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House Democrats seek information on $250 million contract on coronavirus PR campaign

The contract, which was advertised over the summer to help the administration “defeat despair and inspire hope” surrounding coronavirus, according to the performance work document sent to communication firms and first reported by Politico in August, is valued at a quarter of a billion dollars.

The House Oversight Committee Chairwoman Carolyn Maloney, Jim Clyburn, the chairman of the select committee on coronavirus and Raja Krishnamoorthi, a subcommittee chairman, sent letters to both Health and Human Services Secretary Alex Azar and Ben Garthwaite, the chief executive officer for Fors Marsh Group, the market research firm that ultimately got the contract.

“We have grave concerns that, rather than focus on planning and executing a national strategy to contain the coronavirus, the Trump Administration is using a quarter of a billion dollars in taxpayer money to fund what appears to be a political propaganda campaign just two months before a presidential election,” House Democrats wrote in their letters.

Democrats also wrote “to address the despair many Americans are experiencing during this pandemic, the Administration needs to be honest about the risks Americans face and promote science-based solutions –not political spin — to finally contain the virus and prevent more unnecessary infections and deaths.”

“The public relations firm hired by HHS will report to Assistant Secretary for Public Affairs Michael Caputo, who is a former campaign operative for President Trump and not a public health professional,” the letters say.

Fors Marsh Group acknowledged receipt of the letter Friday morning.

“We are reviewing and will certainly respond and cooperate with all parties in doing so,” Fors Marsh Group CEO Ben Garthwaite said in a statement.

A public health communication specialist for the US Department of Health and Human Services said the public service announcements will hit several themes. Some, for example, will emphasize “the three W’s” — wearing a mask, watching distance (social distancing) and washing hands. Others will educate about vaccines against the flu and Covid-19.

Mark Weber is leading the Covid-19 campaign. He’s worked for HHS for 31 years and has developed public health campaigns under five presidential administrations.

“I’m all about public health, not politics,” he said.

Weber noted the questions being asked about how the contract was awarded.

“It was competed, and those proposals were reviewed by career federal officials, not political appointees, who made the recommendation, and the organization that came in with the best proposal won,” he said.

Some of the announcements have already started airing, such as those encouraging donation of convalescent plasma by people who’ve recovered from Covid-19, which went out about a month ago on outdoor and digital advertising in 18 markets that have been hit especially hard by the virus.

The campaign is also spending about $650,000 to place announcements aimed at encouraging Black people and Latinos to participate in clinical trials for Covid-19 vaccines. Those spots, which were developed by a team hired by the National Institutes of Health, have already started airing.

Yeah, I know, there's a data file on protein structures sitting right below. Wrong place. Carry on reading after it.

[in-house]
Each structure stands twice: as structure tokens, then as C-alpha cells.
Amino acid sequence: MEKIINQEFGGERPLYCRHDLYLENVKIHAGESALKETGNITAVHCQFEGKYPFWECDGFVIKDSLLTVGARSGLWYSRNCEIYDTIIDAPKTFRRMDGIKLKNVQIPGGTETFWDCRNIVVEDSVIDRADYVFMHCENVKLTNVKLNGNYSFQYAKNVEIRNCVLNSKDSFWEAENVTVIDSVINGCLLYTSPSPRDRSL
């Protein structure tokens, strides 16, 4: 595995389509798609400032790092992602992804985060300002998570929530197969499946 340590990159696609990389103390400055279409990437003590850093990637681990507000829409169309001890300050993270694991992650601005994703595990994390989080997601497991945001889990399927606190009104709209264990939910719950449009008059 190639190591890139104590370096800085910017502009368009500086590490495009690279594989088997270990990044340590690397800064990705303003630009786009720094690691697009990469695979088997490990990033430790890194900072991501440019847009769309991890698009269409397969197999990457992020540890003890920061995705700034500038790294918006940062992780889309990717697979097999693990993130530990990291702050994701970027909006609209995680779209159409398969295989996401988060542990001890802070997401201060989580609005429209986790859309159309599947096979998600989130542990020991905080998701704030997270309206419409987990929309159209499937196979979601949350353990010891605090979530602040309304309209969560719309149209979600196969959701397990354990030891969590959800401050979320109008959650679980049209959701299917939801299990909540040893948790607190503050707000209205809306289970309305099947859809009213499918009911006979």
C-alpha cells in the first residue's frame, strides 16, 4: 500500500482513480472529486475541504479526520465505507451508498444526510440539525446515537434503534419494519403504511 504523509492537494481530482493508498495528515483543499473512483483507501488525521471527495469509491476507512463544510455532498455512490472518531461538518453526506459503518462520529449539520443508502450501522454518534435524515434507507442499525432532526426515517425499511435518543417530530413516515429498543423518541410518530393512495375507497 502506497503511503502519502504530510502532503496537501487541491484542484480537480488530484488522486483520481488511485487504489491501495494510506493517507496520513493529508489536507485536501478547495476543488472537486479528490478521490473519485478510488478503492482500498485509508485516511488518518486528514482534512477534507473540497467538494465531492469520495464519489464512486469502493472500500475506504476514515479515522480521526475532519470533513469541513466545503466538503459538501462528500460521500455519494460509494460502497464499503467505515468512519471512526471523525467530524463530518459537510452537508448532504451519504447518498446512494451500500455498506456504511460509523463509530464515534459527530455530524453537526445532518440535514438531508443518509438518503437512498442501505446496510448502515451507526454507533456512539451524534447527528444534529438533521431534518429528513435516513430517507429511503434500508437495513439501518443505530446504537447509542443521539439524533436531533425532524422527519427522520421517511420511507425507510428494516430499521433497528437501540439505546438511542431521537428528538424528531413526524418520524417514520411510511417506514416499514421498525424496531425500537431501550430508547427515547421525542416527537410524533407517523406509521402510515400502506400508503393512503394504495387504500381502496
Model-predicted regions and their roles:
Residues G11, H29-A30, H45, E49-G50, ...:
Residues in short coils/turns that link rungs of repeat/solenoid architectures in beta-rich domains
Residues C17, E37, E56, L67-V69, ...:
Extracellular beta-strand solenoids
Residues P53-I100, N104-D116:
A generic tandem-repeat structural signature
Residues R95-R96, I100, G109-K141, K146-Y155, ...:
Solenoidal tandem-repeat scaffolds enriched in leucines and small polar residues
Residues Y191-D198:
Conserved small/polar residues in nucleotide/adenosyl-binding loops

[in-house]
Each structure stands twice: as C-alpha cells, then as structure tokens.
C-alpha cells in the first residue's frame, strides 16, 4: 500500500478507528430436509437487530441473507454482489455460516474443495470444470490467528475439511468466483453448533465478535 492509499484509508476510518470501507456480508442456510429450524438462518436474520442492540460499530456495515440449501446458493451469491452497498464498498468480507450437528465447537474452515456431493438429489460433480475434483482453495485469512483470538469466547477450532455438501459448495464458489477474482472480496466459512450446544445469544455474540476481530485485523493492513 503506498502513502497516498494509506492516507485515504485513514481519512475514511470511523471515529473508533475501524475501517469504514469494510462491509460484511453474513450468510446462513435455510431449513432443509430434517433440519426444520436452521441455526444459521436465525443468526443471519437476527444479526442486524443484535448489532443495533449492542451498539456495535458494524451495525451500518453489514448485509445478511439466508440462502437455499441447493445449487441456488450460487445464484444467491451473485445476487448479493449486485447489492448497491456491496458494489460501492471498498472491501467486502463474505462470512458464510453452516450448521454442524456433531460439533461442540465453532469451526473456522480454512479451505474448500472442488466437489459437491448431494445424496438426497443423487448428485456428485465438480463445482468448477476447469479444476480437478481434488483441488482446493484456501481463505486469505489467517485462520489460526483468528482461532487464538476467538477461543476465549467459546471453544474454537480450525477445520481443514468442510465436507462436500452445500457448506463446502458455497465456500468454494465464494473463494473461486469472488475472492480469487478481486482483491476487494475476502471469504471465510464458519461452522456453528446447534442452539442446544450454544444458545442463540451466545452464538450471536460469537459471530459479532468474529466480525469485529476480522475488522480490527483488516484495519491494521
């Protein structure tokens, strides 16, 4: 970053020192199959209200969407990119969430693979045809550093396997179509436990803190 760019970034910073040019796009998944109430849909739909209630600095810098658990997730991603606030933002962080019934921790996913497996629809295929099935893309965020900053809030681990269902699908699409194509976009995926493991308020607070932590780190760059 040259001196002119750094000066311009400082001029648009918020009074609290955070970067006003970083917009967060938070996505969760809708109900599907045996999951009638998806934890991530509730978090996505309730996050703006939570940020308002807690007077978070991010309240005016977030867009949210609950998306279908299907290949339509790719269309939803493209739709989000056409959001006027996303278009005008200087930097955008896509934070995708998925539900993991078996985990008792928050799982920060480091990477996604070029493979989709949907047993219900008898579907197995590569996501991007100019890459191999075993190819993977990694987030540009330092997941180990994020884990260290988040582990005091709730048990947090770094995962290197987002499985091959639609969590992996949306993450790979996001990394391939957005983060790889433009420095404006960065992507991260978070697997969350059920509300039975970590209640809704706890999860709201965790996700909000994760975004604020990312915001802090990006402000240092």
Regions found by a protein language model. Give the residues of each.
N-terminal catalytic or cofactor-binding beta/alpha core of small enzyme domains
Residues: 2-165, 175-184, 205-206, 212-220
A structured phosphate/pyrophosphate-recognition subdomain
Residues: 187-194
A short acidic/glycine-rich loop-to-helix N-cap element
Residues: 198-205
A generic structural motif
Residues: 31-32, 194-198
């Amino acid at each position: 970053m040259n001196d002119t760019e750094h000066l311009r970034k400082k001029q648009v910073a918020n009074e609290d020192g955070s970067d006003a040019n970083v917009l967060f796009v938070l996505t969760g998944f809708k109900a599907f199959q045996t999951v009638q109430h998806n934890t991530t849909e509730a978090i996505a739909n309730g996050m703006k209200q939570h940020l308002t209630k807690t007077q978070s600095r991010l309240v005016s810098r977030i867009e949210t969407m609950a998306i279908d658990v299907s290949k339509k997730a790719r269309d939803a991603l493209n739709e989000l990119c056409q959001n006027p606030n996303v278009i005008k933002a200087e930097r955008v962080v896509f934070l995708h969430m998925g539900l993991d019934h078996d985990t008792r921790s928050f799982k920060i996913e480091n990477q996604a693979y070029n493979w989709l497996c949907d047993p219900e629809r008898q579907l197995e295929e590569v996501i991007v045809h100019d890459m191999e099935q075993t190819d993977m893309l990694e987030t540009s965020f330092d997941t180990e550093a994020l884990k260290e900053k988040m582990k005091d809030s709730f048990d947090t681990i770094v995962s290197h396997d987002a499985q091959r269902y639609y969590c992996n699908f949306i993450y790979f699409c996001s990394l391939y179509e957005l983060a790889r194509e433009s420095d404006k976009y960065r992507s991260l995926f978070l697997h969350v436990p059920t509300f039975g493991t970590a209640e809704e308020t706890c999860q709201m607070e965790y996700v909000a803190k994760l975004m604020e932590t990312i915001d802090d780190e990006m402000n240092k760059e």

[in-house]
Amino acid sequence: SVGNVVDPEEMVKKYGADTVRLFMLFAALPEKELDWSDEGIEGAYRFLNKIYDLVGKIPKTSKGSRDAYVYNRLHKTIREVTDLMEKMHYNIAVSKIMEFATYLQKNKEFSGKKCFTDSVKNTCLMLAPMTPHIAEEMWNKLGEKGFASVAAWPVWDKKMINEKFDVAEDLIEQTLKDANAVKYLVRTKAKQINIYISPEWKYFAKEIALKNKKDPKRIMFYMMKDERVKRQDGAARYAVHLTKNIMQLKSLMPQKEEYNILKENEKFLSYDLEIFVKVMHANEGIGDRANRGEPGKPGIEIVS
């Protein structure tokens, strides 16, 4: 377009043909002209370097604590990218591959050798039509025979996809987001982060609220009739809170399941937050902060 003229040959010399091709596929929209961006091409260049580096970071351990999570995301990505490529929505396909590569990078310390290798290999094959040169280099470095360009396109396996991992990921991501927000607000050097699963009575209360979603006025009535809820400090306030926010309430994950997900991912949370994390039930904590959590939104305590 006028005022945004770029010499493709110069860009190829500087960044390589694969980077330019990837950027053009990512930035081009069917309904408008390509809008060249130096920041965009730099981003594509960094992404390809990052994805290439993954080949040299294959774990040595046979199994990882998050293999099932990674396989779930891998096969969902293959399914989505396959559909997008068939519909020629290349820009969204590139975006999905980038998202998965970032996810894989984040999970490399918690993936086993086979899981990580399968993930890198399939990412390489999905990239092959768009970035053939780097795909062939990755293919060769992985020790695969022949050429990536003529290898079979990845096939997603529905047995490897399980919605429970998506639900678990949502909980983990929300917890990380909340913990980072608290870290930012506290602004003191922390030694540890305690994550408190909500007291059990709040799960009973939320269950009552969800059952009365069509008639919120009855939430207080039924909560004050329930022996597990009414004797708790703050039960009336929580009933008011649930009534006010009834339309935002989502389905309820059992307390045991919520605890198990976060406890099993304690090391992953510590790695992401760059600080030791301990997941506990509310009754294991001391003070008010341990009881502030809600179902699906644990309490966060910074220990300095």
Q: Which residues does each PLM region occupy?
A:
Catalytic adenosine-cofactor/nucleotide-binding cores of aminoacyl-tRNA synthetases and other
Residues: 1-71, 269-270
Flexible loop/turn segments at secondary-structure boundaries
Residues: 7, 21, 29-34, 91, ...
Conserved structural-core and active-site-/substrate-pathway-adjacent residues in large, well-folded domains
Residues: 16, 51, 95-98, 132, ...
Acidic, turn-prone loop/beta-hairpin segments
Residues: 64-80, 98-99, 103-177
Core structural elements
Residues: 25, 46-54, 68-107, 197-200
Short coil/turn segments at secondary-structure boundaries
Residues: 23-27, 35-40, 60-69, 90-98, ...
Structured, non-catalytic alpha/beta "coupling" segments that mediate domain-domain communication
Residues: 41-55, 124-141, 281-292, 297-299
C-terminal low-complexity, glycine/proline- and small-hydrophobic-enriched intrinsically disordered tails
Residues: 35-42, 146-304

HHS is currently developing announcements that will pair public health experts with actors, musicians and athletes to educate people about Covid-19.

The plan is that the experts will include physicians Dr. Anthony Fauci, director of the National Institute for Allergy and Infectious Diseases; Dr. Robert Redfield, director of the US Centers for Disease Control and Prevention; Dr. Stephen Hahn, commissioner of the US Food and Drug Administration; Surgeon General Dr. Jerome Adams; Rear Adm. Dr. Erica Schwartz, deputy surgeon general; as well as Alex Azar, secretary of the US Department of Health and Human Services; Seema Verma, administrator of the Centers for Medicare and Medicaid Services; and Rear Adm. Michael Weahkee, director of the Indian Health Service.

The letters come just days after a new audio recordings between President Donald Trump and journalist Bob Woodward revealed the President purposefully downplayed the severity of the coronavirus back in March.

“I wanted to always play it down,” Trump told Woodward on March 19, even as he had declared a national emergency over the virus days earlier. “I still like playing it down, because I don’t want to create a panic.”

It’s not unprecedented for an administration to use a marketing or public relations firm to help craft a message or conduct research about public health. Fors Marsh lists on its websites several previous campaigns it worked on with the Centers for Disease Control and Prevention, Centers for Medicare and Medicaid Services and the Food and Drug Administration on issues related to childhood asthma and rural health habits. And when former President Barack Obama was trying to educate and sell Americans on the Affordable Care Act, the administration spent millions on advertising to get people to sign up.

Still, House Democrats are requesting that the contract between Health and Human Services and Fors Marsh be suspended until they receive documents including the “complete and unredacted” contract “and all documents and communications referring or relating to the contract award process.” Democrats also want to receive assurances that no ad campaign will include overtly political messages.

The committee is also asking for a staff briefing by September 28.

This story has been updated with additional developments Friday.

CNN’s Jacqueline Howard contributed to this report.


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